Inosine Reduces Ischemic Brain Injury in Rats
Background and Purpose— Purinergic nucleoside inosine elicits protection and regeneration during various injuries. The purpose of this study was to examine the protective effects of inosine against cerebral ischemia.
Methods— Adult Sprague-Dawley rats were anesthetized. Inosine, hypoxathine, or vehicle was administered intracerebroventricularly before transient right middle cerebral artery occlusion (MCAo). Animals were placed in behavioral chambers 2 days to 2 weeks after MCAo and then euthanized for tri-phenyl-tetrazolium chloride staining. Glutamate release was measured by microdialysis/high-performance liquid chromatography, and single-unit action potentials were recorded from neurons in the parietal cortex.
Results— Stroke animals receiving inosine pretreatment demonstrated a higher level of locomotor activity and less cerebral infarction. Intracerebroventricular administration of the same dose of hypoxanthine did not confer protection. Coadministration of selective A3 receptor antagonist 3-ethyl-5-benzyl-2-methyl-4-phenylethynyl-6-phenyl-1, 4-(±)-dihydropyridine-3,5-dicarboxylate (MRS1191) significantly reduced inosine-mediated protection. Inosine did not alter basal glutamate release, nor did it reduce ischemia-evoked glutamate overflow from cerebral cortex. However, inosine antagonized glutamate-induced electrophysiological excitation in cerebral cortical neurons.
Conclusions— Inosine inhibits glutamate postsynaptic responses and reduces cerebral infarction. Its protective effect against ischemia/reperfusion-related insults may involve activation of adenosine A3 receptors.
The purinergic nucleoside inosine elicits protection and regeneration during various injuries. Inosine reduced zinc-induced injury in PC12 cells,1 reduced toxicity after oxygen-glucose deprivation (OGD) in rat astrocyte cultures,2 and preserved cell viability during chemical hypoxia induced by rotenone in spinal cord cell culture.3 The protective effect of inosine has also been demonstrated in vivo. Infusion of inosine reduced ischemic/hypoxic injury in myocardium.4 The roles of inosine in central nervous system (CNS) during ischemia have not been studied extensively. Middle cerebral artery occlusion (MCAo) led to release of inosine and its metabolite hypoxanthine from the ischemic cortex in stroke animals.5 Inosine, given after stroke, stimulated axonal outgrowth and improved behavioral outcome in stroke animals.6 These data suggest that inosine promotes neuroregeneration after stroke. It is still not clear whether inosine, given before cerebral ischemia, is neuroprotective.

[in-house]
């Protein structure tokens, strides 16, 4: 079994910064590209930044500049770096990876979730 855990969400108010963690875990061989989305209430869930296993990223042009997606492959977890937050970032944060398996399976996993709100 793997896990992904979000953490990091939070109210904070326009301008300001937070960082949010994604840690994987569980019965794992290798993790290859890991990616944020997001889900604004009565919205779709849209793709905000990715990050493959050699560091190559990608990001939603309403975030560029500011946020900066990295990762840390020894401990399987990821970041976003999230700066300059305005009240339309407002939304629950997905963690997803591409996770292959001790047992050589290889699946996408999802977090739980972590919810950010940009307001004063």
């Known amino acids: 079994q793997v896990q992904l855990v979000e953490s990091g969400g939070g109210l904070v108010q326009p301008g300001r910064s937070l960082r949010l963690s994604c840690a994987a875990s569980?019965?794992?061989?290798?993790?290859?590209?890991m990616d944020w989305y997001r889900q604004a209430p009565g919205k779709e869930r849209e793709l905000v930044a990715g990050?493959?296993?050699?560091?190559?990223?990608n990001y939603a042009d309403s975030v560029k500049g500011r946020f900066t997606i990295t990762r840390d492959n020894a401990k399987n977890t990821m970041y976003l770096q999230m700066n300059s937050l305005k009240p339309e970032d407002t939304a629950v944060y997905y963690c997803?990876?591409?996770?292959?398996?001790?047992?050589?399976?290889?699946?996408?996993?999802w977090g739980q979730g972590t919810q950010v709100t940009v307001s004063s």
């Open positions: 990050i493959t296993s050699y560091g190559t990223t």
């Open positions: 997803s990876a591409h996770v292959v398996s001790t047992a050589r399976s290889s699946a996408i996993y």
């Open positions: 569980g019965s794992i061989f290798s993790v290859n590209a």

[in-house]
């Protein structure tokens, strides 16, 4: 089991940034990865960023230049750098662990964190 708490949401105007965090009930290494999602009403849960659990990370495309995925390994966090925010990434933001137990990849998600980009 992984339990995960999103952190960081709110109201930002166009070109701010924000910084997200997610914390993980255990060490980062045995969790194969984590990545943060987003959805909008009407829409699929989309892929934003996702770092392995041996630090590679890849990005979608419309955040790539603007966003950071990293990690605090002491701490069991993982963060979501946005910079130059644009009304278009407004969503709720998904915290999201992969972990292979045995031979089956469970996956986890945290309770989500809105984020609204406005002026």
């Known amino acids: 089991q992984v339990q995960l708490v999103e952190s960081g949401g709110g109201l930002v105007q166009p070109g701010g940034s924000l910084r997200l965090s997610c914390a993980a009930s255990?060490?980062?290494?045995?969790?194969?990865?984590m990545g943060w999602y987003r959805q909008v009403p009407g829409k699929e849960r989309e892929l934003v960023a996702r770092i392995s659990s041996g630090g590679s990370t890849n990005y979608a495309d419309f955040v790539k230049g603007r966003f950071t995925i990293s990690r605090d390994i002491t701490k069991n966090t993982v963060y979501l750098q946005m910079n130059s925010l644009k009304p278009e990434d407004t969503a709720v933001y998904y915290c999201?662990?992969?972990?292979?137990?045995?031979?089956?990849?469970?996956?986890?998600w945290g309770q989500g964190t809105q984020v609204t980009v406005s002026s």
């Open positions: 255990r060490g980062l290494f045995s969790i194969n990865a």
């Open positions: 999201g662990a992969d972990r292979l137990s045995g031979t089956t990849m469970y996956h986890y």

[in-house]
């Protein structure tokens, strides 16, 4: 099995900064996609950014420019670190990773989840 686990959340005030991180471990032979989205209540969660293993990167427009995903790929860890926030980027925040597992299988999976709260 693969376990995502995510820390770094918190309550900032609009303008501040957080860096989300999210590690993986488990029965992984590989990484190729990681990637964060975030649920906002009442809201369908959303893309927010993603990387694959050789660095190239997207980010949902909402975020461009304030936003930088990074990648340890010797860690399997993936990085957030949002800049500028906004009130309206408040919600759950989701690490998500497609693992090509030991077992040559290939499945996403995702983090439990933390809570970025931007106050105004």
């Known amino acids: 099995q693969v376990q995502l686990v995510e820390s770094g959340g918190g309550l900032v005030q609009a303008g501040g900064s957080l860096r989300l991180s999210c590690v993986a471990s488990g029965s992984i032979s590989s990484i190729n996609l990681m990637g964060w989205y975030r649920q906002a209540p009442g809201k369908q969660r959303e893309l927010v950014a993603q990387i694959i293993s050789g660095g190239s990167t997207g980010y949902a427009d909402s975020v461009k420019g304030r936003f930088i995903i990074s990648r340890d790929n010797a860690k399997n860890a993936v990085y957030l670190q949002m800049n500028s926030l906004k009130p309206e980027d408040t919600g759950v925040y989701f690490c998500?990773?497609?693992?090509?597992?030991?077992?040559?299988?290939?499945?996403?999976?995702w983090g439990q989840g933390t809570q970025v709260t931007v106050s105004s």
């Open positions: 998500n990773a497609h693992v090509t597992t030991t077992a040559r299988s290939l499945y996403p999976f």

Several protective mechanisms of inosine have been proposed from in vitro studies. Inosine binds selectively to A3, but not A1 or A2A, receptors in human embryonic kidney (HEK)-293 cells. Exogenous application of inosine increased ATP level in PC12 cells. Such an effect was not found with selective A1, A2A, or A3 agonists, indicating that the inosine-induced elevation of ATP levels did not relate to these purinergic receptors in PC12 cells.7 Inosine or its analog inosine 5′-triphosphate reduced glutamate receptor-mediated responses in hippocampal CA1 synapse8 or N-methyl-d-aspartate-mediated neurotoxicity in cultured hippocampal neurons.9 Activation of purinergic receptors reduced glutamate toxicity in retinal neuronal culture10 and K+-induced glutamate release in hippocampus.11 These data suggest that inosine interacts with purinergic receptors, increases ATP production, and alters glutamate responses in vitro. It is not known whether any of these mechanisms are involved in inosine-related neuroprotection in CNS injury.
In the present study, we examined the protective effect of inosine against ischemia-induced cerebral injury. Our data suggest that pretreatment with inosine reduced cerebral infarction and improved locomotor behavior in stroke rats.
Materials and Methods
Animals and Surgery
Adult male Sprague-Dawley rats (n=159; Charles River Laboratories, Wilmington, Mass) were used. Animals were anesthetized with chloral hydrate (0.4 g/kg IP). Inosine, hypoxanthine (25 nmol/L in 25 μL), or vehicle was administered intracerebroventricularly (0.8-mm posterior, 1.5-mm lateral to the bregma, and 3.7-mm below dura) through a Hamilton syringe.
Thirty minutes after intracerebroventricular administration, animals were subjected to cerebral ischemia. The ligation of the right MCA and bilateral common carotids was performed using methods described previously.12 The right MCA was ligated with 10-O suture for 60 minutes. Core body temperature was monitored with a thermistor probe and maintained at 37°C with a heating pad during surgery. After surgery, animals were kept in a temperature-controlled incubator to maintain body temperature at 37°C. After recovery from the anesthesia, animals were returned to their home cages.